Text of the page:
Periodontal is the area around the tooth, whereas Periodontitis, simply stated, is a common gum disease. Periodontitis (pyorrhea) is as result of multiplication of bacteria in the mouth. If this condition is left unattended then periodontal disease, in its extremity means loss of your teeth.
An extreme condition such as loss of teeth is mostly due to neglect or poor dental hygiene. Untreated, this disease is capable of affecting approximately 90% of the world population. Periodontal disease is sometimes hereditary, but it also develops in "cultured” environments, for instance, lack of proper oral dental care.
What is the Difference Between Gingivitis and Periodontitis?
Gingivitis, in its initial stages, is characterized by red, swollen gums (inflammation) and bleeding gum occasioned by brushing your teeth. Aside from this, you may notice a build up of discoloured, an odourless layer of bacteria.
Gingivitis doesn’t always culminate into a case of Periodontitis, if it is curbed, the damage is reversible. At the onset, there is no permanent damage to the bone tissue, your teeth are still firm though your gums are suffering repairable inflammation. Removing plaque and preventing its accumulation, in most cases, cures Gingivitis.
Periodontitis is an advanced stage of Gingivitis. The gums are diseased and pull away from the teeth, the bone tissue is damaged and fragile. Studies of American Dental Association reveal that there are about 700 species of bacteria, which live harmoniously in your mouth and the condition is normal.
The bacteria in the discussion are part of your dental makeup. However, when they multiply and are not totally dislodged, then dental problems occur. The result of this bacterial built up and the formation of plaque gives room for a healthy breeding ground for toxins.
Moreover, the toxic accumulation is because of failure of the natural body defence mechanism that fights the harmful bacteria. Thus, the bone tissue reduces as the battle ensues causing the gums to pull away from the teeth forming “pockets.” These are spaces created between your gum line and teeth as the gums detach from the teeth.
As this condition progresses, your mouth is vulnerable to infections because of the open plaque ‘pockets’. Largely, the built up reaches unprecedented levels, your teeth lose their support structure and shift about creating an environment that enhances the disease because of increased “pocket” size. Periodontal disease is one of the greatest reasons for the loss of teeth in adults.
How Can I Tell If I Have Gum Disease?
Gum disease is progressive; the symptoms are subtle, thus not readily detectable. That’s the reason why a trained eye and skill of a dentist or periodontist is useful. Nevertheless, there are tell-tale signs and symptoms that you may notice. They include:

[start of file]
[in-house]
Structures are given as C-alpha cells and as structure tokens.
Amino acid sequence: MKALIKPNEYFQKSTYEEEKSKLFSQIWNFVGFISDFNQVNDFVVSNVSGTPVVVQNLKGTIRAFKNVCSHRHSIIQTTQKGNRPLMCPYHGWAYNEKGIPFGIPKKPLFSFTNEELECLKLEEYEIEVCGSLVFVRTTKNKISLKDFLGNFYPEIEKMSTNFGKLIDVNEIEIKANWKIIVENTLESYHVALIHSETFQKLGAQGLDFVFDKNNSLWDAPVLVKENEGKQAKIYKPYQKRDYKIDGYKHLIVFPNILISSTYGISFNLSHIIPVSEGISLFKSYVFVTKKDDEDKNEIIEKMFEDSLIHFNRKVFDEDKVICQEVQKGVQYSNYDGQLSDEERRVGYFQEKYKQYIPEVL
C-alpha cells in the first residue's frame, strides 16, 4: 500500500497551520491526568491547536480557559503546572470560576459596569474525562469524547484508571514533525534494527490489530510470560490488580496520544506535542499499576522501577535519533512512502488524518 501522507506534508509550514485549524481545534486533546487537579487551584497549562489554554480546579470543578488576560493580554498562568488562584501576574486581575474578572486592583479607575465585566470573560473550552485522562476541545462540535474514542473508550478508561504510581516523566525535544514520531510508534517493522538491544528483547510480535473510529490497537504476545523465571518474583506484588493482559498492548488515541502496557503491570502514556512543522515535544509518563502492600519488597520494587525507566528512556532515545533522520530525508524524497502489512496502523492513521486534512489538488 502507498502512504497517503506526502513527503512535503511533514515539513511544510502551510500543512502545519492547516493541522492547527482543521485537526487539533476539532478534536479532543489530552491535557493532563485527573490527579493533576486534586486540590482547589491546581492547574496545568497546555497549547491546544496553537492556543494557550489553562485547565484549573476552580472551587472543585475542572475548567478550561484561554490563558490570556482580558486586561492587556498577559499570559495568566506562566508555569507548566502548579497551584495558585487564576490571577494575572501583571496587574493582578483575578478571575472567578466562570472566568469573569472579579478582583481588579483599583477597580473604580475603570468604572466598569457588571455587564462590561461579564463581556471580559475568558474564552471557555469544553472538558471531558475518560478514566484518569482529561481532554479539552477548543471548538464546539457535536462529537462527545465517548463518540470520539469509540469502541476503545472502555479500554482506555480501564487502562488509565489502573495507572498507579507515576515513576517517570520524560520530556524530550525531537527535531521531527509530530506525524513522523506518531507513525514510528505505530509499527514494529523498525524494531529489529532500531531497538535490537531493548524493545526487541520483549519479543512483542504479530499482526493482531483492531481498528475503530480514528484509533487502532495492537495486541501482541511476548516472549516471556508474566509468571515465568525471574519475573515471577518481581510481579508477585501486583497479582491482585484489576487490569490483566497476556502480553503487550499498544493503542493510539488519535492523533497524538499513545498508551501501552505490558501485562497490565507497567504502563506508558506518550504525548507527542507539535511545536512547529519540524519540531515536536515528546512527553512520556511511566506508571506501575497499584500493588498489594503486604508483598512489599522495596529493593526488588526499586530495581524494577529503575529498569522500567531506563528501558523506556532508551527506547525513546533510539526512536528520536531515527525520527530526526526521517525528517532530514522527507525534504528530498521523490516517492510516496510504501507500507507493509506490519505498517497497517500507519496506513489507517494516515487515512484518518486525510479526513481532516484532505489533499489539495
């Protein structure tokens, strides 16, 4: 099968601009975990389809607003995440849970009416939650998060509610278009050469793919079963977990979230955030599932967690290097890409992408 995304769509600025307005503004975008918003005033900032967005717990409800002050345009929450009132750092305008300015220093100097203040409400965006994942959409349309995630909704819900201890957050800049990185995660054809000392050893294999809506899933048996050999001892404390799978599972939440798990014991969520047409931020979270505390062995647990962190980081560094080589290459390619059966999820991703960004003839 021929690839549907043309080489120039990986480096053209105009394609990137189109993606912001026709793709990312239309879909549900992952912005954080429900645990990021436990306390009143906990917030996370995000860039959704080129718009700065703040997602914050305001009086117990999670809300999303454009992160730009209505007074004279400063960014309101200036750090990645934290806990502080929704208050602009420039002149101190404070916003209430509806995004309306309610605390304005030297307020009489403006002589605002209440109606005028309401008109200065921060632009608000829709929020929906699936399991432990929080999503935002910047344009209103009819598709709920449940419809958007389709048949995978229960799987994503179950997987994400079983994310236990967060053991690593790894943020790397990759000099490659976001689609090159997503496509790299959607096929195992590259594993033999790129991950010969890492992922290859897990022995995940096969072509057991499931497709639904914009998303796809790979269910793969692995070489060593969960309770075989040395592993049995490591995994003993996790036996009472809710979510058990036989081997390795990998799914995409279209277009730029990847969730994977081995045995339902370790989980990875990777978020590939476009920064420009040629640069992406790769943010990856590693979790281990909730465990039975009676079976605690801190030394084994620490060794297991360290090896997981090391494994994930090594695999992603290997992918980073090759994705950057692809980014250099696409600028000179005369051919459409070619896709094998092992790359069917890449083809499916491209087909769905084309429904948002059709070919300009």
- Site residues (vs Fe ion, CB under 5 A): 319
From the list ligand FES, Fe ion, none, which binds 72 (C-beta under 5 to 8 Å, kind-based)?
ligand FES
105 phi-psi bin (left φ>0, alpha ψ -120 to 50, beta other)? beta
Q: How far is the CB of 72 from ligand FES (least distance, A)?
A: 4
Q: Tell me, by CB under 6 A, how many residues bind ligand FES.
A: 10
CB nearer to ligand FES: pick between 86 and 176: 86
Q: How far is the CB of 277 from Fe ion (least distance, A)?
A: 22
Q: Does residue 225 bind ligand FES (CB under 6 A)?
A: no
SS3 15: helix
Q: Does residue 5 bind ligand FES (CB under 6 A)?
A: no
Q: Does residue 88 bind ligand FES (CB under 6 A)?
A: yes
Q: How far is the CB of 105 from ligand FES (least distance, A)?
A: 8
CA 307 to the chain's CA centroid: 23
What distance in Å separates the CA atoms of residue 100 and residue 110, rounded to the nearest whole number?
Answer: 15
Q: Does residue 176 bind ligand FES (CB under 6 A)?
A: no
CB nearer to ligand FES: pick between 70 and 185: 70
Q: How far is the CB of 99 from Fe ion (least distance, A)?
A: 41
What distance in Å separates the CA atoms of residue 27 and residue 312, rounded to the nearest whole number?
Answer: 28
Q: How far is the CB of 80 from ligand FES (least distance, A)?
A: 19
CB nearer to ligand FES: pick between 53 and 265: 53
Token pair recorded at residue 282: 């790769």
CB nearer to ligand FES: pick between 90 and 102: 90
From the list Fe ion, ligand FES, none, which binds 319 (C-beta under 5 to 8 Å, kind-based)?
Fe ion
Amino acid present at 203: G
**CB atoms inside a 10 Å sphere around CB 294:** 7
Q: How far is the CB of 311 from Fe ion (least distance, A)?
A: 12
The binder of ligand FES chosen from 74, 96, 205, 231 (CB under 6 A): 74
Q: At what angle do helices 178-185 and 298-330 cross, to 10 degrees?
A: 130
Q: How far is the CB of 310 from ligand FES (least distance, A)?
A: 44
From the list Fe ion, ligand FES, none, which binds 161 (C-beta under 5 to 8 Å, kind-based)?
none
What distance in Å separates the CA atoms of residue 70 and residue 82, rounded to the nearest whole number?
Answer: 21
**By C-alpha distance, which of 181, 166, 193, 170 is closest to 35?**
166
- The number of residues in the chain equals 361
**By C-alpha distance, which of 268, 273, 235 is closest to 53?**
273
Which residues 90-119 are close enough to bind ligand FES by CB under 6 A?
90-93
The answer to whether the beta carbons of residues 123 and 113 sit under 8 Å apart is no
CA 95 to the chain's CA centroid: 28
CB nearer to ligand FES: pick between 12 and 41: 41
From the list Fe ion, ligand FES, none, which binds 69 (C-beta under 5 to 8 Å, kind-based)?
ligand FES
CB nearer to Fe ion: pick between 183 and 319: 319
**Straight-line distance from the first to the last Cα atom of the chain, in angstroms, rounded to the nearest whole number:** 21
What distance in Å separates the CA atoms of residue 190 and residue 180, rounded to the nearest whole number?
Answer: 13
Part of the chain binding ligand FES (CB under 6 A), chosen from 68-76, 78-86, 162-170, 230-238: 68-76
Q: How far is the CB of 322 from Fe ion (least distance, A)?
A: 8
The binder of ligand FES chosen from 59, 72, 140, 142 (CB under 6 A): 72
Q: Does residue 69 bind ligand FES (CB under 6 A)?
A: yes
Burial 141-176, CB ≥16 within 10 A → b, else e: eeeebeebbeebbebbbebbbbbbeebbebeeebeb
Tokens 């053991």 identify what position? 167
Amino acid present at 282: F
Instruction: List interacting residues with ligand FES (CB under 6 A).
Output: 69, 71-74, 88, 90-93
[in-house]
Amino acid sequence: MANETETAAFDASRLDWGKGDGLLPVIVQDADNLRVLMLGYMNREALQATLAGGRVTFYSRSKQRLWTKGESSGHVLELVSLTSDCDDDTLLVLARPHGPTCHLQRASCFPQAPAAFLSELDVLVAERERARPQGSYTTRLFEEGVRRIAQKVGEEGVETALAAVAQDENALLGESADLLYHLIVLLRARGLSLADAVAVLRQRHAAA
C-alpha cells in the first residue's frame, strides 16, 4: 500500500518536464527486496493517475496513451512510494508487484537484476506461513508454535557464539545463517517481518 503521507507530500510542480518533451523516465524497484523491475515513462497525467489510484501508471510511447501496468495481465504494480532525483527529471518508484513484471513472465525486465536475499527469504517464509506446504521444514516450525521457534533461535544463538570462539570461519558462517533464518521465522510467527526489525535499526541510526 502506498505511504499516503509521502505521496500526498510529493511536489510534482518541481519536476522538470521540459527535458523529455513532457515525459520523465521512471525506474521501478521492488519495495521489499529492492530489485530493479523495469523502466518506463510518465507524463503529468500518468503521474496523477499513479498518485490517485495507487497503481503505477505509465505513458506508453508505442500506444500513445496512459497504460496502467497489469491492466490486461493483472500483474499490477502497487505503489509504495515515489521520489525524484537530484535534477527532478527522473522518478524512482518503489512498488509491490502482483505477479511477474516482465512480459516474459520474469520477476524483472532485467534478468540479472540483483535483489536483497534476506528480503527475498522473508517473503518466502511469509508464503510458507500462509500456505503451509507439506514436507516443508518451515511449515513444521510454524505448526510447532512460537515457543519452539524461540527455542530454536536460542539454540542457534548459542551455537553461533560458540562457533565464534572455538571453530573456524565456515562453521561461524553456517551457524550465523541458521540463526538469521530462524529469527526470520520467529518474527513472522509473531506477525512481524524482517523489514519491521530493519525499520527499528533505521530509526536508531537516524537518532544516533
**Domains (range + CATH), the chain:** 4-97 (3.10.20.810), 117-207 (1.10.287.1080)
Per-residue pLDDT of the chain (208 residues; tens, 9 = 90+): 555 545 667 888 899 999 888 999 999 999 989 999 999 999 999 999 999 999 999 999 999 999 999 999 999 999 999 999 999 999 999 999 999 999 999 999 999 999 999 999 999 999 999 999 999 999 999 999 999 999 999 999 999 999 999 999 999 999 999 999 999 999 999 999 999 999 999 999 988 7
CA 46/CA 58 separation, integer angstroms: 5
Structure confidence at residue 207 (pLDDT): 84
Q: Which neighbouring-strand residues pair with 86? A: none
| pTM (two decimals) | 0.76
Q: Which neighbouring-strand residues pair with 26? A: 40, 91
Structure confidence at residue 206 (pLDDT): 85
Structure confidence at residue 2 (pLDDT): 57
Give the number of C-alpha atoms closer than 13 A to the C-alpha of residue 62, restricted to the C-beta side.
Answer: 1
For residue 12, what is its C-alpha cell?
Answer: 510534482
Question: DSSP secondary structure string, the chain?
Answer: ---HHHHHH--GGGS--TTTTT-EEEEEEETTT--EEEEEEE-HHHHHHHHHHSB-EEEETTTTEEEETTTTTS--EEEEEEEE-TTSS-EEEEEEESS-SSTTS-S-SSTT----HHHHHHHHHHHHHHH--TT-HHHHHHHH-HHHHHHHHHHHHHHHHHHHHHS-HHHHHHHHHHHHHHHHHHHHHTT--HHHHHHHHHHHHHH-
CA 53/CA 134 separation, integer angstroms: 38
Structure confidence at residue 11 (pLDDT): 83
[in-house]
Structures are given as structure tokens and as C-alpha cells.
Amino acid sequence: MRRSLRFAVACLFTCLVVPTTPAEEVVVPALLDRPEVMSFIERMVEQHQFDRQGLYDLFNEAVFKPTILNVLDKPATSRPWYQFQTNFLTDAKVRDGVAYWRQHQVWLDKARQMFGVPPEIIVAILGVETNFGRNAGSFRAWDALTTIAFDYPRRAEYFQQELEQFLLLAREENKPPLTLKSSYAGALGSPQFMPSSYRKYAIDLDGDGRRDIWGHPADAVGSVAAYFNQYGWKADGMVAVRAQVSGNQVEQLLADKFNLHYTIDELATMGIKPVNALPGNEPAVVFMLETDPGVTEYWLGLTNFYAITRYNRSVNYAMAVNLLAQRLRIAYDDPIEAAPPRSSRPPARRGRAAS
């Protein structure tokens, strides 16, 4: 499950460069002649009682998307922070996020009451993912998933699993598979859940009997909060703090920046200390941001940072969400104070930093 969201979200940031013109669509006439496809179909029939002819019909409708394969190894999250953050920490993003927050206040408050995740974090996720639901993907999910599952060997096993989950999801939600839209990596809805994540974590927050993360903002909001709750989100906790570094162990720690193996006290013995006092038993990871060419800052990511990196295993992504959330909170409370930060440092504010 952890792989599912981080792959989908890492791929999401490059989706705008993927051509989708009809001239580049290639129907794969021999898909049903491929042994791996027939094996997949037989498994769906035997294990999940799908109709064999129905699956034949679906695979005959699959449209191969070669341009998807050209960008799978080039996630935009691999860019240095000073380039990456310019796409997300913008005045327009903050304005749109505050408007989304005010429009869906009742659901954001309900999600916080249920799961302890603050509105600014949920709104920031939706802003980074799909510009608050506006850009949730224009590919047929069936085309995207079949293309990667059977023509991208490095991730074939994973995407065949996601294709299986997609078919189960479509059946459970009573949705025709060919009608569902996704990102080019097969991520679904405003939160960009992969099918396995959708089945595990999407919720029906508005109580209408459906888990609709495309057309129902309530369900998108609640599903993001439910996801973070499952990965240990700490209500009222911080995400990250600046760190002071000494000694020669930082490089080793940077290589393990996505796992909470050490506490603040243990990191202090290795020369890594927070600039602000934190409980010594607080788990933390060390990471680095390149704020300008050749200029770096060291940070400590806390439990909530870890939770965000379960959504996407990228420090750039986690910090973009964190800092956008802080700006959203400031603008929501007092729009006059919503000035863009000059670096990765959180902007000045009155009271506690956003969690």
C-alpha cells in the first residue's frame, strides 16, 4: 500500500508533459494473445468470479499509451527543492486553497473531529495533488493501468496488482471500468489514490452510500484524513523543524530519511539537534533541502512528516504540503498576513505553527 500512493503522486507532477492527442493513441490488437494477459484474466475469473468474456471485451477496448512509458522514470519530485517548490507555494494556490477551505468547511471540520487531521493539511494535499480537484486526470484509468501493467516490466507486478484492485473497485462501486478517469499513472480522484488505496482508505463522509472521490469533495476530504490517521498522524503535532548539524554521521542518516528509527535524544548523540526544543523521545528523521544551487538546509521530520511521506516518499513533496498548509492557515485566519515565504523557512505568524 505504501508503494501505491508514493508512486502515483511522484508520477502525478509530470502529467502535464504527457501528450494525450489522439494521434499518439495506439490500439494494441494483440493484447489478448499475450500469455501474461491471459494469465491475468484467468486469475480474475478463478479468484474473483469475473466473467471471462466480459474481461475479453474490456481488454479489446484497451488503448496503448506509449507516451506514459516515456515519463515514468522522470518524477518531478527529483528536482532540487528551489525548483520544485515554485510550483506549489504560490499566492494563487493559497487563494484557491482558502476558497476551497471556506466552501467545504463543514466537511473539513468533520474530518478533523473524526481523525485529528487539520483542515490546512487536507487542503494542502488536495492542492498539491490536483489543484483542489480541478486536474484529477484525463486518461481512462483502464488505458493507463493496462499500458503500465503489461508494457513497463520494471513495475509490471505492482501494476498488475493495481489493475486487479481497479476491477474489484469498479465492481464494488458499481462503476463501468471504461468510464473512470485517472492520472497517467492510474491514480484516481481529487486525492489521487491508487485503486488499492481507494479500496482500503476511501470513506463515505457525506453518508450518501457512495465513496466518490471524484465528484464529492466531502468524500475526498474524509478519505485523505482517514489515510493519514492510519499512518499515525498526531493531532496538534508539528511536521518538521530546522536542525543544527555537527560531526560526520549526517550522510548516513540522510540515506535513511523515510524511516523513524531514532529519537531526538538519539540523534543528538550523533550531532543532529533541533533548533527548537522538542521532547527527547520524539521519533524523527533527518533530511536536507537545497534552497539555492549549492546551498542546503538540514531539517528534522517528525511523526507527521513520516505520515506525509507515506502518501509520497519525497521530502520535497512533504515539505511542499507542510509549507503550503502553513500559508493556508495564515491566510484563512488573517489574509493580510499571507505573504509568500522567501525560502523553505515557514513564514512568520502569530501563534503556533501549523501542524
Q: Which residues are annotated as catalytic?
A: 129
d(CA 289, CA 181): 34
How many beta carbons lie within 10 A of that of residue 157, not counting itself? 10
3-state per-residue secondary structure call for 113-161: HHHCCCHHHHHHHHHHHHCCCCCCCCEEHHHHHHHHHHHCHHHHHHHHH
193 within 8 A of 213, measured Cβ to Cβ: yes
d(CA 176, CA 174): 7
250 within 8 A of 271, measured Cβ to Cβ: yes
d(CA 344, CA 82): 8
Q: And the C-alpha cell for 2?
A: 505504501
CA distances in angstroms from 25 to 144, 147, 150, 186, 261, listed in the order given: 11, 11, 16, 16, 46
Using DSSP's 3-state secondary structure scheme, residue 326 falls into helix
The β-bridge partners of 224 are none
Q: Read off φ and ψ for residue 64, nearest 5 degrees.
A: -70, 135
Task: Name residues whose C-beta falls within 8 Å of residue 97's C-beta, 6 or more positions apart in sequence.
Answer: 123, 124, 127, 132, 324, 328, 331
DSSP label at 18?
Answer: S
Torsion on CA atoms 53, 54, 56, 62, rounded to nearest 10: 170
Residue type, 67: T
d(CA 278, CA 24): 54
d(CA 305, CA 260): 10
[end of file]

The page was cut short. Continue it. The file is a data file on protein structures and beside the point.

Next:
Halitosis, which is a word for bad breath, this smell streams from the blood and is enhanced by poor oral dental home care.
One giveaway of Halitosis is persistent bad taste and odour in your mouth, regardless of whether you brush your teeth or not. Another good indicator is also a difference in your bite, the teeth change in the way they ‘sit’ together. Authorities on the subject say that combination of the above results in bad breath and in most cases is highly accurate in the diagnosis of gum disease.
Often this occurs when you are brushing your teeth or flossing and you will notice small amount of bleeding.
Pus between the gums and teeth
Loosening of my teeth and development of spaces between the teeth and gums were clearly visible.
Small pockets where your gums and receding from the teeth, exposing the roots of the gum. In extreme cases, teeth end up appear longer than their regular length. The “naked” roots result in heightened sensitivity when you take hot or cold fluids or foods, which is also characteristic of Gingivitis.
Since the above are not obvious, they are usually detectable only by a dentist or periodontist. However, gums will be tender, as the body’s immune system fights the bacteria build up. Most importantly, periodontal disease is chronic, subtle and doesn’t give advance warnings as your gum and bone tissue wears away. That’s why regular dental checkups are not stressed enough.
What Are The Known Causes Periodontal Disease?
The most popular causes of periodontal disease are environmental and genetic. Here is a list of the commonly known causes:
Genetic formation plays a role in periodontal disease; you can be genetically predisposed to this condition. Research shows that those with this background can be six times more likely to develop the disease. However, early intervention can keep the oral cavity clean and healthy and prevent the disease.
Poor oral hygiene
Ignoring or poorly maintained dental hygiene causes tartar accumulation, a combination of this and lack of professional dental care will lead to disease.
Menopause and pregnancy